Echocardiography is one of the most important noninvasive diagnostic tools in cardiology, providing information on cardiac structures, function and hemodynamics. After Inge Edler and Helmuth Hertz described M-Mode echocardiography in 1953, a new diagnostic era began. The first academic course on cardiac ultrasound and echocardiography textbook and the term “echocardiography” were developed in the 1960s and 1970s (1). Transesophageal echocardiography (TEE) was first described in 1980 (2). The modern era of TEE started after Hanrath et al. attached a phased-array ultrasound transducer to the tip of a flexible gastroscope (3). Today, using multiplane imaging capabilities and real-time 3D imaging, exact live information about cardiac structures and hemodynamics is obtained and allows diagnosis of complex cardiac anatomy and guidance during interventional and surgical cardiac procedures.
Since the early beginning of the TEE era, standardized tomographic views describing cardiac key structures have been provided. They have become the basis of TEE and have not been modified for decades. In the following, we would like to challenge the popular concept of the traditional “bicaval” view.
What do we see in the “bicaval” view?
The traditional “bicaval” view is usually obtained from a mid-esophageal position with a transducer angle of 70–110°. This view has been adopted as an integrative part of TEE examinations and intra-procedural imaging. For example, it is widely used for guidance of transseptal punctures. In this view (Figure 1), the left (on the top) and the right (at the bottom) atrium are seen. The interatrial septum (IAS) with the fossa ovalis separates both atria. On the right side of the screen, below the superior aspect of the septum secundum, the superior vena cava (SVC) is located. On the left side of the screen, below the inferior aspect of the septum secundum, is a structure that has traditionally been labeled as the inferior vena cava (IVC) in a number of publications and textbooks leading to the term “bicaval view” (4-6). However, comprehensive multiplane scanning, particularly using catheters and devices from the femoral venous approach allowed us to characterize this structure as the coronary sinus (CS) (Figure 1). The IVC, in fact, usually enters the right atrium at an angle. Figure 2 demonstrates the relationship of the IVC with the right atrium. A wire is placed into the SVC coming from the IVC (via the femoral vein). The IVC enters the right atrium at a nearly 90° angle. From the typical “bicaval” view, both atria, the IAS, SVC and the CS can be readily identified in one single view (Figure 1). However, it typically requires more probe manipulation [posterior (clockwise) rotation] to visualize the IVC and it can be tricky to find one plane showing both vena cavas, a true bicaval view (Figure 3). Another view showing the IVC could be found in a modified 0° plane, from the four-chamber view pulling the probe slightly back and turning posteriorly (clockwise) until the ventricles disappear and the roof of atria emerges. Further supporting our findings are images obtained in a patient with cardiac resynchronization therapy (CRT). The CS lead is shown entering the CS via the right atrium and from the SVC. The CS is seen immediately adjacent to the IAS whereas the IVC enters the right atrium at a slight angle (Figure 4). Similarly, the relationship of the IVC and CS to the right atrium is illustrated in Figure 5.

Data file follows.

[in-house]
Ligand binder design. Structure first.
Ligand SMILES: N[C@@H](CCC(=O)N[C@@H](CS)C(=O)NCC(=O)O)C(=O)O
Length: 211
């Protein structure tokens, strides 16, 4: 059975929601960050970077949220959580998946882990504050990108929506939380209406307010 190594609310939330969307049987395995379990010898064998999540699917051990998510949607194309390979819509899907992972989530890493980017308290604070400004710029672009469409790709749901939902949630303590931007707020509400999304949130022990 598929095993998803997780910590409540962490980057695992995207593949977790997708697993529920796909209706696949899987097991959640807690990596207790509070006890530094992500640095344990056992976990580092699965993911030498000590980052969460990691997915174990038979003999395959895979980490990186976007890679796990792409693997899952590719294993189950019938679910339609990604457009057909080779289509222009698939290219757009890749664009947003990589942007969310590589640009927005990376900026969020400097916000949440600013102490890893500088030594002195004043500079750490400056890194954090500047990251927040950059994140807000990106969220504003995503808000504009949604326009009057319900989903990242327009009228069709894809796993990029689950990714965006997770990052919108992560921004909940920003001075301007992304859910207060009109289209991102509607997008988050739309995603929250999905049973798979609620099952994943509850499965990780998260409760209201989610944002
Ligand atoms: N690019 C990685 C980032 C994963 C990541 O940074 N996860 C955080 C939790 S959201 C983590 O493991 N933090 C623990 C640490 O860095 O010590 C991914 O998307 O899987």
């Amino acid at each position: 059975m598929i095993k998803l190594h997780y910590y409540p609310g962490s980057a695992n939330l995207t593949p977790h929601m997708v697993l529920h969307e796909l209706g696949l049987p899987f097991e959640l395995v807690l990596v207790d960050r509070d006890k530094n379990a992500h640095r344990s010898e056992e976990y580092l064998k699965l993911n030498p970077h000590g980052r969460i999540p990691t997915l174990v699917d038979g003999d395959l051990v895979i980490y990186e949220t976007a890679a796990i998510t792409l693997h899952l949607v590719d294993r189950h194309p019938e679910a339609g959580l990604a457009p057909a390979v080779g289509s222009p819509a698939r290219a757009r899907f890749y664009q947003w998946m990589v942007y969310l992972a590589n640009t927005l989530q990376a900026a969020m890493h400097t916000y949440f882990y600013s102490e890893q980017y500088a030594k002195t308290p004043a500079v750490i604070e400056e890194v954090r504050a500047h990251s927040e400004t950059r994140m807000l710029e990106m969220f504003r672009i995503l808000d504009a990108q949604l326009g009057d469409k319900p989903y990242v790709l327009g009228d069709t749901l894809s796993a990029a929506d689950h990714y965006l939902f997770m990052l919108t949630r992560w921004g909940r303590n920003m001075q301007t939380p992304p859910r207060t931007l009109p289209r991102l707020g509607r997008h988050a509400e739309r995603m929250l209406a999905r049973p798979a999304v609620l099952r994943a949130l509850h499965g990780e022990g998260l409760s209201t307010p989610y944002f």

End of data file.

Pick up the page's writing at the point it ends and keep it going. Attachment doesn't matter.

Recognition of views demonstrating specific cardiac structures is essential allowing quick orientation during structural interventional procedures. Aside from well-established procedures on the left side of the heart, there is a growing interest for right-sided procedures such as interventions to the tricuspid valve. An understanding of the right heart anatomy as well as ability to demonstrate key structures is crucial both for pre-procedural planning and for procedural guidance. Once again, the traditional “bicaval” view demonstrates, aside from both atria and IAS, the SVC and CS. Visualization of the IVC, on the other hand, requires modification of the “bicaval” view by turning the TEE probe posteriorly while sometimes slightly reducing the angle of the imaging plane.
Conflicts of Interest: The authors have no conflicts of interest to declare.
Informed Consent: Informed consent was obtained from the patients for publication of this manuscript and any accompanying images.
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